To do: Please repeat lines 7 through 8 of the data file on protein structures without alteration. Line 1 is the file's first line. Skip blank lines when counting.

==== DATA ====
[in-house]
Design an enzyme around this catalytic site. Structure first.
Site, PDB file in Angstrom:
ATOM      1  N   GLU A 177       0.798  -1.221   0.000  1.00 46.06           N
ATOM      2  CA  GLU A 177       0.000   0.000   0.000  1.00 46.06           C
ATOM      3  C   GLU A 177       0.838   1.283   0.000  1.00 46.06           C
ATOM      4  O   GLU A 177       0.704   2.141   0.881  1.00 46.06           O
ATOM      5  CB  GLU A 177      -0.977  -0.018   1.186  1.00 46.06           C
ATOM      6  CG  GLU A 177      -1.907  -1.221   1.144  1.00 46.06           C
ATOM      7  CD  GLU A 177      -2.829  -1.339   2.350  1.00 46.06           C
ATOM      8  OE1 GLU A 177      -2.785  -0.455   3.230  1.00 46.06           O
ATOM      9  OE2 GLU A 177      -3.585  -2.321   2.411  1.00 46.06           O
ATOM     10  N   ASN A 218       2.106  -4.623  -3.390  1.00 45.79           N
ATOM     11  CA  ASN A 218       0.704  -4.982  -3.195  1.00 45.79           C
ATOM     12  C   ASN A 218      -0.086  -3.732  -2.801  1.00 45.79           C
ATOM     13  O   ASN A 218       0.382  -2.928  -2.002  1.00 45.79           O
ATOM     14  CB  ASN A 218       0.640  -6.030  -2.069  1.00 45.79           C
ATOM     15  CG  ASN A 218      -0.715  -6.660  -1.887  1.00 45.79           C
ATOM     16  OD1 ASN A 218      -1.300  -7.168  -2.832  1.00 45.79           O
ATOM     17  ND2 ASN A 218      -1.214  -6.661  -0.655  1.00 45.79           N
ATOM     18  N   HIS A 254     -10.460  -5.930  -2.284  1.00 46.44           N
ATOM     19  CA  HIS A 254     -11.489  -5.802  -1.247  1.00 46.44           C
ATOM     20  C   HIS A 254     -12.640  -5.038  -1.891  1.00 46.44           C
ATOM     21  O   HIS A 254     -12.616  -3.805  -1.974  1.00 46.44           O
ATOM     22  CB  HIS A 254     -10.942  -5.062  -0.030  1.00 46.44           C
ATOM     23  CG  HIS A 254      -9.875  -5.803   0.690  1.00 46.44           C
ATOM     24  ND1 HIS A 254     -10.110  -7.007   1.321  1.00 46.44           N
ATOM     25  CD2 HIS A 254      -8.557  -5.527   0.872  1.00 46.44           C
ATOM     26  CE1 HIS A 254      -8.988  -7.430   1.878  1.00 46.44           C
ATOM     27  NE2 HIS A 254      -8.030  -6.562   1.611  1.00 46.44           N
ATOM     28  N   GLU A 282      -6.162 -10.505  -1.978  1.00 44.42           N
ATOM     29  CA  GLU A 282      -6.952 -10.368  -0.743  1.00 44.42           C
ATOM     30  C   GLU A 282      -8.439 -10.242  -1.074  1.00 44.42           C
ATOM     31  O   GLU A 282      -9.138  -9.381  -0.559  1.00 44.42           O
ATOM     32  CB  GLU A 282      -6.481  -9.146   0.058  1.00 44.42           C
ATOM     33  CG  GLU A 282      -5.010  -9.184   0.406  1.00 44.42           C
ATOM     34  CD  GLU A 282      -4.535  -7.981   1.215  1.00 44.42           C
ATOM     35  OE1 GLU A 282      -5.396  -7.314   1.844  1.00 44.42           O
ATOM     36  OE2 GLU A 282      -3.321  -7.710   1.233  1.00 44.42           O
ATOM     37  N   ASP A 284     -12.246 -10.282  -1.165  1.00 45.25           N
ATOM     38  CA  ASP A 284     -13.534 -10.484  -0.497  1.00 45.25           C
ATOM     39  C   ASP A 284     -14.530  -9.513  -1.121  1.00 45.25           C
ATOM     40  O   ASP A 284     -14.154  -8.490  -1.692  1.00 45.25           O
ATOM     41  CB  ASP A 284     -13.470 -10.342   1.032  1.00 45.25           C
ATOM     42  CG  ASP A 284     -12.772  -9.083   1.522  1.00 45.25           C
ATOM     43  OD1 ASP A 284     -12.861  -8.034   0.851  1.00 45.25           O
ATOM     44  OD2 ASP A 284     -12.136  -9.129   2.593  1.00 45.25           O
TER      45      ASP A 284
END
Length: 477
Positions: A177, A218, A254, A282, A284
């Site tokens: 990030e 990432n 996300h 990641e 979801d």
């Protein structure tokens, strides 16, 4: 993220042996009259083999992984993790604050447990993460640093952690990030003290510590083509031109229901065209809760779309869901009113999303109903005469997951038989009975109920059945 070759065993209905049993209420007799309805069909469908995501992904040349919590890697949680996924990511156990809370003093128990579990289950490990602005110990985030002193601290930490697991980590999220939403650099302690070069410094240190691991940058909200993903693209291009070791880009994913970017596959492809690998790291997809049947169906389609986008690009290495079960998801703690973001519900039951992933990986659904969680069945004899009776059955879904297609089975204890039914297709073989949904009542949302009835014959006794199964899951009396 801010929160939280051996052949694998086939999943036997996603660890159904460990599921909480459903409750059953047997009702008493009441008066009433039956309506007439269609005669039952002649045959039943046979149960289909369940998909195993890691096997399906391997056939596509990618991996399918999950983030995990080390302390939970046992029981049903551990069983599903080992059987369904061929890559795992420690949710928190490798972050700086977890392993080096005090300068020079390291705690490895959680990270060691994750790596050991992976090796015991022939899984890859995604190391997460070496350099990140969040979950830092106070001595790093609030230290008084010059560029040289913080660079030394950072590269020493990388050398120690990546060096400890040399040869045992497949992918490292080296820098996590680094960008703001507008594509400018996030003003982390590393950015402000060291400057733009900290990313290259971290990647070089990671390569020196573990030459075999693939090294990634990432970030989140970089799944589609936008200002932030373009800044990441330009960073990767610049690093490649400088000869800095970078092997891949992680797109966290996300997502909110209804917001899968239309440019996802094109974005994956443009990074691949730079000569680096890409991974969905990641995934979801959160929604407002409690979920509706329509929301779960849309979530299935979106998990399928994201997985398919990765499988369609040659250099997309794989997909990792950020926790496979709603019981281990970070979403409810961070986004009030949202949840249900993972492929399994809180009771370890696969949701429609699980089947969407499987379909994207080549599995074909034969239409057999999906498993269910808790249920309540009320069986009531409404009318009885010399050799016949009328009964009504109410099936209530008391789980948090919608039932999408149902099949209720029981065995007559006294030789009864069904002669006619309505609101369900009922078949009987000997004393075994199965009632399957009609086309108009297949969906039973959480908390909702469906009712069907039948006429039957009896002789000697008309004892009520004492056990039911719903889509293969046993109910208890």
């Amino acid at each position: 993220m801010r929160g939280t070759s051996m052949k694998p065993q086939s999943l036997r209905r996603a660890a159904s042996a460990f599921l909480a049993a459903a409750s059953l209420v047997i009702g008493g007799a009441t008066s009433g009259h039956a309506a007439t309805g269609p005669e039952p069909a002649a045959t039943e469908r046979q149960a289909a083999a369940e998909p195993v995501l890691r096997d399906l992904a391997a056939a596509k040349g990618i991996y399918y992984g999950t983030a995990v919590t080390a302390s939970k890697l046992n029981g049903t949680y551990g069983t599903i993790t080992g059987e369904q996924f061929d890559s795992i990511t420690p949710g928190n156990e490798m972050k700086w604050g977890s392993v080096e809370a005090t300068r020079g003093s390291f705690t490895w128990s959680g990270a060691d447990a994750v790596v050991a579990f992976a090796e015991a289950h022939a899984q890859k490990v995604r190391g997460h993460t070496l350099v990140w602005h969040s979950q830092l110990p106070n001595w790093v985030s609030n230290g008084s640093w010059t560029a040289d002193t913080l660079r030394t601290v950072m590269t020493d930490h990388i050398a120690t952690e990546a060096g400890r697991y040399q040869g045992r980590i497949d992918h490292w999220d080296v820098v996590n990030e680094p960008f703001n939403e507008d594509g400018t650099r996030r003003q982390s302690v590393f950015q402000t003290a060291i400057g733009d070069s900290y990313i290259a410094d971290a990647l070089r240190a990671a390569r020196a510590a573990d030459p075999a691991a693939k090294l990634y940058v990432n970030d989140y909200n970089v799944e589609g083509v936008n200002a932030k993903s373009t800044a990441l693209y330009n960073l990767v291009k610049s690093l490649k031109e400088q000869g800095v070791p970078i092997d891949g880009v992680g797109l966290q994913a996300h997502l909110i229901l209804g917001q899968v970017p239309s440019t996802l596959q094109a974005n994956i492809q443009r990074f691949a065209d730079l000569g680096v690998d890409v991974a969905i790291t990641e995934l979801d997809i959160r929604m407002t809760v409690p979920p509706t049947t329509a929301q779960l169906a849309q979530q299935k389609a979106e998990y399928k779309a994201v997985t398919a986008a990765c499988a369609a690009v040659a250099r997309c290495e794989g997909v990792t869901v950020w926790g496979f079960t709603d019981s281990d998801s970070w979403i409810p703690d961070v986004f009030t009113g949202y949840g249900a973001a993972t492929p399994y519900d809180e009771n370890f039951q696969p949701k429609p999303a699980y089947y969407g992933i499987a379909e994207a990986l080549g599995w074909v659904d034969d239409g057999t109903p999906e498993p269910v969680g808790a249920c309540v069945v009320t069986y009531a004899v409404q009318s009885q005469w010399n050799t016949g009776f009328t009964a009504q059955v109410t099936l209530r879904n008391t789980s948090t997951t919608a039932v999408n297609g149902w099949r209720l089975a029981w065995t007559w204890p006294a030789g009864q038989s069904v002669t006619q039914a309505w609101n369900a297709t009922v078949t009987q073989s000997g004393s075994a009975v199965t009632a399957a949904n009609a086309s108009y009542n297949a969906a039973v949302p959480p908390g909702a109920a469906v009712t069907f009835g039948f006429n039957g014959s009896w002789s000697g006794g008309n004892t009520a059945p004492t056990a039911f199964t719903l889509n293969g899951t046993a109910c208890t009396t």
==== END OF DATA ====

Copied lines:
ATOM      4  O   GLU A 177       0.704   2.141   0.881  1.00 46.06           O
ATOM      5  CB  GLU A 177      -0.977  -0.018   1.186  1.00 46.06           C